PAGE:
• In the moderate exercise domain, breathing will normally be relaxed with no outward signs that the athlete is working hard.
  • In the heavy exercise domain, breathing will be slightly deeper (reflecting an increase in carbohydrate oxidation) but it will still remain controlled and steady.
  • In the severe exercise domain, above FTP/CSS, breathing will be more forced. Lactate is produced more rapidly than it is cleared, resulting in hyperventilation.

Therefore, if a swimmer is struggling to speak immediately on completing a length because of hyperventilation, it is more than likely that they are above CSS. The same is true for FTP when cycling or running.

Identifying Training Zones/Levels

Traditionally, exercise intensity, training zones/levels was expressed in relation to VO2max or maximum heart rate. However, such methods do not take into account that thresholds occur at different percentages of maximum between individuals. For example, at 70% of VO2max, exercise tolerance may be limited for one individual because they are working very anaerobically at this intensity; whereas, for another individual, energy transfer may be almost wholly aerobic with minimal associated fatigue at the same relative intensity. If you ever consider using determining your training zones using the 220-age equation, don’t. It is nonsense. A good review article is found here on that topic.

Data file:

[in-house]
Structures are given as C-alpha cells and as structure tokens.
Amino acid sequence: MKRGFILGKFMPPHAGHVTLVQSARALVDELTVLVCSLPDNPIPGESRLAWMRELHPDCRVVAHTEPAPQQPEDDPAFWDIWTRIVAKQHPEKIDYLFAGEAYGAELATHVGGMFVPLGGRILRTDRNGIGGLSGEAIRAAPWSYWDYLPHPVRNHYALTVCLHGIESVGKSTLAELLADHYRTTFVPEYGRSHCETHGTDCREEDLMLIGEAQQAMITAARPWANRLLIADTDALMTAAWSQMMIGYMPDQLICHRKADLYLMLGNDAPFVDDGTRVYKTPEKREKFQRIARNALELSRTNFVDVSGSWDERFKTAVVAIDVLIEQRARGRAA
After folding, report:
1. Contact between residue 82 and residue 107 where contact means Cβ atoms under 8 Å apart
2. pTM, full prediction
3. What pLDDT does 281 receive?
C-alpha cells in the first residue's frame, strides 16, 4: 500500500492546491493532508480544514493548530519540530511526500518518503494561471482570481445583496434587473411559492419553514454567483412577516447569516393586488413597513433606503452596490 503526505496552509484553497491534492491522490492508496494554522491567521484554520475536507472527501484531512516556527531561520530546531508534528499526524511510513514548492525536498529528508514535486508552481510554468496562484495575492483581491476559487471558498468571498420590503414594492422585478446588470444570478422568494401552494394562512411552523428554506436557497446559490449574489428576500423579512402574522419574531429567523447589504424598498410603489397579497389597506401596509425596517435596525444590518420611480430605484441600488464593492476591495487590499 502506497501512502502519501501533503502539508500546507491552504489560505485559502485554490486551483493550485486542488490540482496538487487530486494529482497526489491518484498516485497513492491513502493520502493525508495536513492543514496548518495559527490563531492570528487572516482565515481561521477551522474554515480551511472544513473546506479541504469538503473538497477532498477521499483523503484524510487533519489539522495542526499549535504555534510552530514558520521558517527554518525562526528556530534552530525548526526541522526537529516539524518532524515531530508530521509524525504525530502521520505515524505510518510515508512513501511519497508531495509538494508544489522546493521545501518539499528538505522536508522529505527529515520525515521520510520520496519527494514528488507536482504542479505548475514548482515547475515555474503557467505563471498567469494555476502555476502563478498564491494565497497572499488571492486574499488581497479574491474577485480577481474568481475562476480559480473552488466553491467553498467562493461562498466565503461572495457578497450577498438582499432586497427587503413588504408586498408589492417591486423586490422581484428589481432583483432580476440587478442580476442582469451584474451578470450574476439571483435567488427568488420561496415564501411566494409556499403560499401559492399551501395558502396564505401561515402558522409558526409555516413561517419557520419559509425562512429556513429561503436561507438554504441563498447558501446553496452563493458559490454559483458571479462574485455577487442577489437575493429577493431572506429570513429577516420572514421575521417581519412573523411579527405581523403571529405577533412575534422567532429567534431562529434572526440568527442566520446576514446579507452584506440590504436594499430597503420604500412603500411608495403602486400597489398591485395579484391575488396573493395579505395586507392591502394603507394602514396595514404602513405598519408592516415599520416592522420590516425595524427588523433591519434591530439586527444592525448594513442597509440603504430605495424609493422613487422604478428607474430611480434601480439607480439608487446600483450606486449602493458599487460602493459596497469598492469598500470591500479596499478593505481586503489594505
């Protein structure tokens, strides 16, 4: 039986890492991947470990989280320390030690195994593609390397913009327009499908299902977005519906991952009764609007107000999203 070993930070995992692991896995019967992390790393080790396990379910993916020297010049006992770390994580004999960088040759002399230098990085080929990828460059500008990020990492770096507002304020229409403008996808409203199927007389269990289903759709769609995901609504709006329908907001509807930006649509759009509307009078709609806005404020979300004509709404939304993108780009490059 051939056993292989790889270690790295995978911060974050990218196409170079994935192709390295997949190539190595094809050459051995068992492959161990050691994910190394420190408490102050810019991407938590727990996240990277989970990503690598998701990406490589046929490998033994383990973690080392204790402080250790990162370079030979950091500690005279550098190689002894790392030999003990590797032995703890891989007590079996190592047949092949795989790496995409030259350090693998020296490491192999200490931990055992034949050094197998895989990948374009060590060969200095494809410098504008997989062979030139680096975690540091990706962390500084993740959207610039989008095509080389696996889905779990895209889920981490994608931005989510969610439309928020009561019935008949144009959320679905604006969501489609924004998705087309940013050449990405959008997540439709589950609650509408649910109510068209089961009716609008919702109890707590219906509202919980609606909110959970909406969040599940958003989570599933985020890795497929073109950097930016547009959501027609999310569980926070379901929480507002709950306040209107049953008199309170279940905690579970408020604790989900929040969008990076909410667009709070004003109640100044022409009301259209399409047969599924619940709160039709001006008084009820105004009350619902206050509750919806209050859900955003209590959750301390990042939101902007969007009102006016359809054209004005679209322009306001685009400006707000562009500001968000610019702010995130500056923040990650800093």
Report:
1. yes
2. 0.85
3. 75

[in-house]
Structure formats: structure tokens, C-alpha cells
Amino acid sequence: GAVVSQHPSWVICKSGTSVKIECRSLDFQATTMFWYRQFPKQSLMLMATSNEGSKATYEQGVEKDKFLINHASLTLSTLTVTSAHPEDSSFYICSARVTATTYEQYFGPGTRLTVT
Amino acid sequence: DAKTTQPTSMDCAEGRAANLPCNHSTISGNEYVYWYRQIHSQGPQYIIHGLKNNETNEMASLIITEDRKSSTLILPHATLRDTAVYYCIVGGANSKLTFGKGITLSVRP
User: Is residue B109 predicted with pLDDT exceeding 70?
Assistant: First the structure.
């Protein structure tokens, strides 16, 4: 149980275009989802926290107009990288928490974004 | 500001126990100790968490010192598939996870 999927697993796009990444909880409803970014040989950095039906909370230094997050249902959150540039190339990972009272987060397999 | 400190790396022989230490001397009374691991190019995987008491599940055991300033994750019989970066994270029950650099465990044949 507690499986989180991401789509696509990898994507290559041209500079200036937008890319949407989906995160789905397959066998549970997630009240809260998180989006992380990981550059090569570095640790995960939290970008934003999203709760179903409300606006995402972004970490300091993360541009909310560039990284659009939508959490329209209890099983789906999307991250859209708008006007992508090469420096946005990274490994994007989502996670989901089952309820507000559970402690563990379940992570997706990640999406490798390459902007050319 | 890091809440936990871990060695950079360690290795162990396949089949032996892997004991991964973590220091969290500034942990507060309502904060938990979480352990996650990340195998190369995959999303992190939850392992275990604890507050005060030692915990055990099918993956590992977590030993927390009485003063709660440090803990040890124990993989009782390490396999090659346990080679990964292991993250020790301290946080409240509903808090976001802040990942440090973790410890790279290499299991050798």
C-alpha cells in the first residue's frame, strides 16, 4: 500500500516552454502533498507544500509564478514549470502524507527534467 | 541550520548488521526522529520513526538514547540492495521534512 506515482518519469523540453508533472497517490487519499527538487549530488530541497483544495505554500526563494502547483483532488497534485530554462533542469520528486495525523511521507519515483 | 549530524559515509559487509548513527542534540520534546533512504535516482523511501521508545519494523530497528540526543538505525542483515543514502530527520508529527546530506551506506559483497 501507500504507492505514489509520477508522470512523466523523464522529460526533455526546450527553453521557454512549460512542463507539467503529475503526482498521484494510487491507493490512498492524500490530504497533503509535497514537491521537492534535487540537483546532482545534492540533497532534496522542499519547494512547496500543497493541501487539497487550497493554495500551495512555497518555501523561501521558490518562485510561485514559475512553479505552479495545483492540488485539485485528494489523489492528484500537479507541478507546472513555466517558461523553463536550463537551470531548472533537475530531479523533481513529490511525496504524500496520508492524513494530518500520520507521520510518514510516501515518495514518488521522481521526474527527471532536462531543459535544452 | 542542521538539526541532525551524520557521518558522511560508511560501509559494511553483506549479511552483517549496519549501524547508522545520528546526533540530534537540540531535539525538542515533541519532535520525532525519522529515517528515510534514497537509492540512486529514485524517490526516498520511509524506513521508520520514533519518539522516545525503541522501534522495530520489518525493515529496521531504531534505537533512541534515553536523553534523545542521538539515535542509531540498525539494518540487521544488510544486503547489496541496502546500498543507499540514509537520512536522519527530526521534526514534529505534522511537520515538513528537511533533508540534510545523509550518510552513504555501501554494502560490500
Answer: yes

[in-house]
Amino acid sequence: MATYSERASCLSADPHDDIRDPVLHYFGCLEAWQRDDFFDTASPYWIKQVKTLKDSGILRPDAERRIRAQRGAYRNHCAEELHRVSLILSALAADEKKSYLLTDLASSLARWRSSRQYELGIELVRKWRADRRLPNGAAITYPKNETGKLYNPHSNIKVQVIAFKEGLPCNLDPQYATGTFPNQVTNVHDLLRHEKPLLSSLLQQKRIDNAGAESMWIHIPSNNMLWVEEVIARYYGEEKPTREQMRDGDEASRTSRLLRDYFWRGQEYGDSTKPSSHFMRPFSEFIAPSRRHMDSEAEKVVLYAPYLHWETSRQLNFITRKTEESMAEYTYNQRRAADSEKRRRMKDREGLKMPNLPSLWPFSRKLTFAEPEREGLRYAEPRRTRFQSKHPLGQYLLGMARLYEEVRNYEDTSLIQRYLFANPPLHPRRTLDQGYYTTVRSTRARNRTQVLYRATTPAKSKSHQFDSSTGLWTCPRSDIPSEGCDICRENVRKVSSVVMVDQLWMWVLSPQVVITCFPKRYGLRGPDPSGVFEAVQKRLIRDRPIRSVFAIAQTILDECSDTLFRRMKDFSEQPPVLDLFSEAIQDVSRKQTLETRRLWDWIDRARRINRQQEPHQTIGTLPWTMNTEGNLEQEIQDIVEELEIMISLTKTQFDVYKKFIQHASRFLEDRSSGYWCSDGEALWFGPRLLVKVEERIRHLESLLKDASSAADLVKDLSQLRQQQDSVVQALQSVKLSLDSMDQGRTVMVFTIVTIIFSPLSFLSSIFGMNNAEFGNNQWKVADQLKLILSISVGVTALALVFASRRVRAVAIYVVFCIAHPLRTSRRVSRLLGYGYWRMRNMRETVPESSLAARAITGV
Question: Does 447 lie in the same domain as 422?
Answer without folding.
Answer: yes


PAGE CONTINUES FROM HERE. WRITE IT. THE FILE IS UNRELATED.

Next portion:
Rather, I much prefer Allen and Coggan’s training levels using an FTP test, as shown in the Table 2 below.

Table 2: Allen and Coggan’s training levels


FTP (%)

FT  Heart rate (%)






Active recovery Increased blood flow




Endurance Increased fat metabolism




Tempo Increased oxygen use and efficiency




Threshold Increased carbohydrate metabolism




Aerobic power Increased VO2max




Anaerobic capacity Increased anaerobic pathways



Neuromuscular power Increased maximum power


So there it is. A whistle-stop tour of exercise intensity.  The key take-home messages are:

  • Develop a basic understanding of the physiology related to training intensity.
  • Threshold intensity is a good indication of relative aerobic and anaerobic contribution to energy turnover.
  • The relative contribution from aerobic and anaerobic systems is time-dependent.
  • Simple performance tests are best for identifying specific training zones.

In my next blog, I’ll introduce variable intensity exercise and pacing strategy, discussing how these topics should influence how we coach or train.